Spastic Stowaways – Controlling the Spread of the Alabama Jumper

Earthworms have long been heralded as a gardener’s best friend, as revitalizers of the soil. While this is certainly an apt description of tried-and-true composting worms such as the Red Wiggler, not all earthworms deserve such glowing praise. Take the Alabama Jumper, Amynthas agrestis.

An Alabama Jumper (Amynthas agrestis)

Alabama Jumpers are not your garden variety earthworms. Hailing from Asia, these invaders are surface-dwelling consumers of leaf litter that have turned up everywhere from suburban backyards to deep within the Great Smoky Mountains National Park. They are known for flipping wildly when disturbed (hence their common name) to the point where they can jump out of your hand with ease. Such unique traits often make these worms familiar to those gardeners and composters who have encountered them.

The Alabama Jumper shares few of the composting virtues that mark its more familiar European cousins. Rather than staying put in compost piles, Alabama Jumpers will wander off at the slightest provocation. Once in the wild they consume beds of leaf litter, or “duff”, which might have taken decades to build up. Leaf litter is an important resource to many native plants and animals, and its removal has been shown to have harmful ramifications which echo throughout our forest ecosystems.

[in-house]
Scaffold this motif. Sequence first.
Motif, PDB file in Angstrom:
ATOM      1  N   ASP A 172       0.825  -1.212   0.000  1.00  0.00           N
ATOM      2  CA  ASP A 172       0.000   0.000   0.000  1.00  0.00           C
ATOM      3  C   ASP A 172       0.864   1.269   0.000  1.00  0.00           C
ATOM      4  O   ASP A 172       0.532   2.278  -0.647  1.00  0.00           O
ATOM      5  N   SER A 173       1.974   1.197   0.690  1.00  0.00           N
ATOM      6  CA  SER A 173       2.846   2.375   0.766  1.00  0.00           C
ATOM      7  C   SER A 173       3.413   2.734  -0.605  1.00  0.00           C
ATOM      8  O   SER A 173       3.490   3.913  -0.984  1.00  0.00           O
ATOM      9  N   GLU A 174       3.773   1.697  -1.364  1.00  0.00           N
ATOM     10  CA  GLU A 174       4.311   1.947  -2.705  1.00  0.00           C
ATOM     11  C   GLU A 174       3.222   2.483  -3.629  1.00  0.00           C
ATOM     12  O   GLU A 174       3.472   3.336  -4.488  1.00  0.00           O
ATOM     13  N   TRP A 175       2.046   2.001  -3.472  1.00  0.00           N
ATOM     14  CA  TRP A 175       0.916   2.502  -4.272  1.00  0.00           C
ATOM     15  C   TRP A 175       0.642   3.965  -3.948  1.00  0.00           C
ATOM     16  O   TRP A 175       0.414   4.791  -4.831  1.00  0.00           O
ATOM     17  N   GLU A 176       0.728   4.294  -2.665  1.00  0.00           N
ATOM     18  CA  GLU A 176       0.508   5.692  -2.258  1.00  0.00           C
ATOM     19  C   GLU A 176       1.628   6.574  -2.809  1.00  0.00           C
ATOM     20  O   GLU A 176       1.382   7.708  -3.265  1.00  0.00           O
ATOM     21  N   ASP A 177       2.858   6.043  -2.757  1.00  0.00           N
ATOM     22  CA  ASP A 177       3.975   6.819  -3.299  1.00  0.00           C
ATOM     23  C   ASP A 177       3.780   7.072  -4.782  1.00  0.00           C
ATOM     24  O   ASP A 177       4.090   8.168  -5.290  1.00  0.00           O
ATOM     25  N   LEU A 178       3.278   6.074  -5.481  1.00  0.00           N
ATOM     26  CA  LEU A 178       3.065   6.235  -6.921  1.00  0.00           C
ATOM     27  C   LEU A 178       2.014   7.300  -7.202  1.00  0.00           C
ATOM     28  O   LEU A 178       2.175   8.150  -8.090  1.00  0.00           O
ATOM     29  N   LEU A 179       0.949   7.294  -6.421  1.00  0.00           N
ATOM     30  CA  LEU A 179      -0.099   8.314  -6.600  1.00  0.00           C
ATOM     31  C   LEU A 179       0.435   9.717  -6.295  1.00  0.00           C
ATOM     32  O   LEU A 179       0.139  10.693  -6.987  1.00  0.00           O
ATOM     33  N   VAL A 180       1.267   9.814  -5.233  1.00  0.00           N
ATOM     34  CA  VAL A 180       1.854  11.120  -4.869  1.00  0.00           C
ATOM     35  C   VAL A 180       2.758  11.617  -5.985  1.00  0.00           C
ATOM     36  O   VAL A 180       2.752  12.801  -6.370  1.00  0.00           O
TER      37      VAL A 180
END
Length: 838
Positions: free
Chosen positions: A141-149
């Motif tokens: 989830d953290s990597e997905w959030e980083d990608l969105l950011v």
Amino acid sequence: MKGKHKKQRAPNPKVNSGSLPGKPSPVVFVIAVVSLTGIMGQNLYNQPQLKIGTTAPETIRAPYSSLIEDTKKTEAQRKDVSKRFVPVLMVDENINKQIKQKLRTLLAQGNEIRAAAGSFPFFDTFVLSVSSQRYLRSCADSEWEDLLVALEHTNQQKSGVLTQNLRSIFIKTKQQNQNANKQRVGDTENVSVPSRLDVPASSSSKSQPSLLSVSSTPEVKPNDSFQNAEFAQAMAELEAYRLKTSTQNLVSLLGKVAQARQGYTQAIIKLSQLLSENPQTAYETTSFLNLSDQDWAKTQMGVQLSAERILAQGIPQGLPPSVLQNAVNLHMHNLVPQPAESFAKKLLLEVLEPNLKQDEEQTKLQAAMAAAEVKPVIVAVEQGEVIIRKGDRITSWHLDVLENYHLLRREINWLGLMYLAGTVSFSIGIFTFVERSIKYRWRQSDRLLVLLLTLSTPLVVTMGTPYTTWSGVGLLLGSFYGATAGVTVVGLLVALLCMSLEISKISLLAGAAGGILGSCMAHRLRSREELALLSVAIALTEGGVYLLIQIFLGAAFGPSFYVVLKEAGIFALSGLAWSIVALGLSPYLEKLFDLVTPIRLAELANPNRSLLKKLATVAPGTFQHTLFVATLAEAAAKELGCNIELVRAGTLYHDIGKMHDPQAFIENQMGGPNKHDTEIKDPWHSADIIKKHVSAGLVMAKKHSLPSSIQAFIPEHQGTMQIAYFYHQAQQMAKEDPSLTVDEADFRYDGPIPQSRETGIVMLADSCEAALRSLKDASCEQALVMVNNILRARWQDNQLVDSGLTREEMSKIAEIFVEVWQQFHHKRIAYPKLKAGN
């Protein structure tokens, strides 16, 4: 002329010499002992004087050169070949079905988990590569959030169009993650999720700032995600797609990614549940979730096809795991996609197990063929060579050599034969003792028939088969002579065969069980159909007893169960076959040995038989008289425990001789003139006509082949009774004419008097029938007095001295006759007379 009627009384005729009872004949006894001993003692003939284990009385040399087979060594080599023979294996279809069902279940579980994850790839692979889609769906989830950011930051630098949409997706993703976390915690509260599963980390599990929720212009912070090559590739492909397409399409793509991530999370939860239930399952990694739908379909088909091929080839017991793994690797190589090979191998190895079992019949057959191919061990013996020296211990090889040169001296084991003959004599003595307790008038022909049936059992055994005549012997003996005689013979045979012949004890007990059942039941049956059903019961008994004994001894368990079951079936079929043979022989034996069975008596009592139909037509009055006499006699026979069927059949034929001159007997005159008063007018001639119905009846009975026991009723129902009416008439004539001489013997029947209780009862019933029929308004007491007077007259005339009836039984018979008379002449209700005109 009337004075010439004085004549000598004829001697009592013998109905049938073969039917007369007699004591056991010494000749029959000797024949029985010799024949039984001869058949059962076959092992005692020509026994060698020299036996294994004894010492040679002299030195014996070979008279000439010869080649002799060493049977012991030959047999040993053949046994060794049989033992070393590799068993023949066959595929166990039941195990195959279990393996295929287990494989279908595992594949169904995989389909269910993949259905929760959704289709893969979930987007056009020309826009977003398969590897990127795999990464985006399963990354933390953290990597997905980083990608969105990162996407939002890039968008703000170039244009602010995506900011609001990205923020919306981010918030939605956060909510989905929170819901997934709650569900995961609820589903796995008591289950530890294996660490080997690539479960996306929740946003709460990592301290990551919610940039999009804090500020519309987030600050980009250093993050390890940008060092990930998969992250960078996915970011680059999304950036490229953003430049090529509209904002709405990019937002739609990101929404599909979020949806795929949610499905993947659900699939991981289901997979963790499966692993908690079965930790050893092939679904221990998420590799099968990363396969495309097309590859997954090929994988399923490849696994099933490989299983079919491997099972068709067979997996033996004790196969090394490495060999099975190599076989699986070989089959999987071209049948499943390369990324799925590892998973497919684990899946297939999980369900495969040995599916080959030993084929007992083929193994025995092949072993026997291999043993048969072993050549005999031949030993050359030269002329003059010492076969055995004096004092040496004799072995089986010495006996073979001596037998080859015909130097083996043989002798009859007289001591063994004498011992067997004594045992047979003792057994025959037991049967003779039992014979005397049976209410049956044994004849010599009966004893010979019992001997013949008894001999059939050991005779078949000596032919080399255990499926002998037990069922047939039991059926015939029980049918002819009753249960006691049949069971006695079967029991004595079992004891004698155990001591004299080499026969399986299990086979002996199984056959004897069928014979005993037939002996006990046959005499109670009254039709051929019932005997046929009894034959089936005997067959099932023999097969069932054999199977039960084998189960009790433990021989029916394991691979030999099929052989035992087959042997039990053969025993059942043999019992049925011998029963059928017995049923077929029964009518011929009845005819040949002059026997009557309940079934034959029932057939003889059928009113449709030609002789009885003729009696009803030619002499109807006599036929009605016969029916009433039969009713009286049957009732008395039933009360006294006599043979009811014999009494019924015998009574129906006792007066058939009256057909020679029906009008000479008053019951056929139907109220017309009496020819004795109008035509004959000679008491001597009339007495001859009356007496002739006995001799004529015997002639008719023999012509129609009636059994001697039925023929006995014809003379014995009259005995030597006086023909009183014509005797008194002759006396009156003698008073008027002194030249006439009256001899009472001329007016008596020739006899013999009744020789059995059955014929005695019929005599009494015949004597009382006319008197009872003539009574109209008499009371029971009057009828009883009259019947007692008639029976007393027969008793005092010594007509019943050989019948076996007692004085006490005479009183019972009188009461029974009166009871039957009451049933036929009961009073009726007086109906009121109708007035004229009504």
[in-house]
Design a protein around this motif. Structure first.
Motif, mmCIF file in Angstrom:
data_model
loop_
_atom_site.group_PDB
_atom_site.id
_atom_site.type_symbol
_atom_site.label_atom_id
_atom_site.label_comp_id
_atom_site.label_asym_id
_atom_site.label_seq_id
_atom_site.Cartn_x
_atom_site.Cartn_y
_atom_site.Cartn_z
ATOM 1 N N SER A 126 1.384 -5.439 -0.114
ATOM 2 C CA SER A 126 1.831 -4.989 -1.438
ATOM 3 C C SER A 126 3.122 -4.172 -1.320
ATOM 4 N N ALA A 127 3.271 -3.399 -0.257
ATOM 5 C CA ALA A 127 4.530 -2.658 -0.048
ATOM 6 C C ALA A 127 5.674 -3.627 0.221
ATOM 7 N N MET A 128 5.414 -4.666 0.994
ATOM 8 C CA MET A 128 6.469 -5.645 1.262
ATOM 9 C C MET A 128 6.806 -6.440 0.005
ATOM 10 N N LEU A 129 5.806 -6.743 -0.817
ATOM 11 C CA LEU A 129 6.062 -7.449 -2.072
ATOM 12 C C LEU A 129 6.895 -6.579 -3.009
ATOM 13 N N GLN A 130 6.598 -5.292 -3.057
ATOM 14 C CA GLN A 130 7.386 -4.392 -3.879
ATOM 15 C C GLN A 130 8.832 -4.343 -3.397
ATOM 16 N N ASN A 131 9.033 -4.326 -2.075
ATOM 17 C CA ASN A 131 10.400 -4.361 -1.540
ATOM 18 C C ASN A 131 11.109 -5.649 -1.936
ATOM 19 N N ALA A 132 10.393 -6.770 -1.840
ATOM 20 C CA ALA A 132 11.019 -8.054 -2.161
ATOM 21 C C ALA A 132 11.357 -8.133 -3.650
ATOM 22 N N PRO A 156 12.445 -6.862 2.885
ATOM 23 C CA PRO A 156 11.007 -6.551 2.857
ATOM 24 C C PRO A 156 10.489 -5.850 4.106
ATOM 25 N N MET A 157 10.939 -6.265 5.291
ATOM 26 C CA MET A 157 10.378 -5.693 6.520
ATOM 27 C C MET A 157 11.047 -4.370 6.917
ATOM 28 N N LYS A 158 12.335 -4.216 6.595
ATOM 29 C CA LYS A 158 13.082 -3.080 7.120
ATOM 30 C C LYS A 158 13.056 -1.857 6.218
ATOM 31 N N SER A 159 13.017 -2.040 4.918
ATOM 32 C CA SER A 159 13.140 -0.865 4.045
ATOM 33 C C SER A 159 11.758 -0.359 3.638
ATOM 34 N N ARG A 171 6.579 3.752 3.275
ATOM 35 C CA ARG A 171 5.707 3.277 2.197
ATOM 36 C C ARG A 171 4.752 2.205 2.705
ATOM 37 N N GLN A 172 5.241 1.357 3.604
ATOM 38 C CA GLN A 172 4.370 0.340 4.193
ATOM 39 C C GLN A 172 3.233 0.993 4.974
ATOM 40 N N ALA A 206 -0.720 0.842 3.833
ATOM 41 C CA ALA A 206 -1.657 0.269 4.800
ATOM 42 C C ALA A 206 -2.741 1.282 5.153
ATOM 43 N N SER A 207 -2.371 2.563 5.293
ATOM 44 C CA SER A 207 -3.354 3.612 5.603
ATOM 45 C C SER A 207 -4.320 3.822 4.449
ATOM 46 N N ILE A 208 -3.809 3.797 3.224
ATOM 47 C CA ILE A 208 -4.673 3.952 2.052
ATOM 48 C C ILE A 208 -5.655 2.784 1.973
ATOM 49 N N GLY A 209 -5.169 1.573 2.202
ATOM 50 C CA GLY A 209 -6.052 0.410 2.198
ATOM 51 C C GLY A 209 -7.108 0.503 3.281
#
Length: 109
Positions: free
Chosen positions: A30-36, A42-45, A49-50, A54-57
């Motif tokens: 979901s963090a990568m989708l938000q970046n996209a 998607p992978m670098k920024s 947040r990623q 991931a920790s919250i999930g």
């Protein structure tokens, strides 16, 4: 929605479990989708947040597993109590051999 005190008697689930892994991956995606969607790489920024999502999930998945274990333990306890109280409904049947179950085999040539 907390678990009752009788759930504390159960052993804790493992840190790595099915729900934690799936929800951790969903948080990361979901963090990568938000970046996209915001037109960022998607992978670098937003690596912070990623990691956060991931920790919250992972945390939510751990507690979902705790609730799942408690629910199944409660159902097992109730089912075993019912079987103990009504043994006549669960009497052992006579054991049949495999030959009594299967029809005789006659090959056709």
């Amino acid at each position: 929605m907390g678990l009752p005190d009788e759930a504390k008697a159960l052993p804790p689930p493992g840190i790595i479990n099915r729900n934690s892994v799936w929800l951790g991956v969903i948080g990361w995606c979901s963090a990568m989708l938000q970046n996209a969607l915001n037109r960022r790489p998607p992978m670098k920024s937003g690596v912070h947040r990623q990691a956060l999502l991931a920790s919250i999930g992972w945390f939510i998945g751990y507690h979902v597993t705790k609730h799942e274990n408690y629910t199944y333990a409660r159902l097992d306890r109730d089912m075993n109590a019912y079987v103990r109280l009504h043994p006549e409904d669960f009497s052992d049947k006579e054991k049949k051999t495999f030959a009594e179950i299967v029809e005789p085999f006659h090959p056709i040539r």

So why are Alabama Jumpers cause for concern among horticulturalists? By virtue of moving soil from one place to another, the horticultural trade can facilitate the passive spread of invasive earthworms. A single Alabama Jumper stowed away in a potted plant can go home with a customer and start a new infestation.

During a 2011 survey of Cincinnati area garden shops, I observed that some shops were infested with Alabama Jumpers while others were not. I collected data in order to determine which factors might be behind this uneven distribution, and used statistical modeling to detect any trends. The analysis showed that Alabama Jumpers thrived best in garden shops that drew their stock from outside of the Great Lakes region, and in shops which had their stock displayed over moist soil. Displaying pots over soil  provides a perfect habitat for these worms as they travel in and out of pots’ drain holes in search of food.

An Alabama Jumper escapes into a potted plant through a drain hole at a Cincinnati garden shop. A customer purchasing this plant might be unknowingly taking home and releasing an invasive species.

“Lag time” is often cited as a reason why invasive species are able to wreak such ecological havoc: we sometimes don’t realize that an invader is present and causing trouble until their populations are so entrenched that it’s too late to turn the tide. Alabama Jumpers do not yet slither and jump throughout all of Ohio’s woodlands, and so we still have an opportunity to limit their spread through informed management strategies. While the horticultural trade is not the only manner in which these worms are spread, addressing the issue here is a logical and inexpensive place to start.

To learn much more about the Alabama Jumper and how its spread can be controlled, attend a free lecture at the Civic Garden Center on Monday, October 8 at 6 pm.

— by John P. Gorsuch, guest blogger and UC undergraduate student

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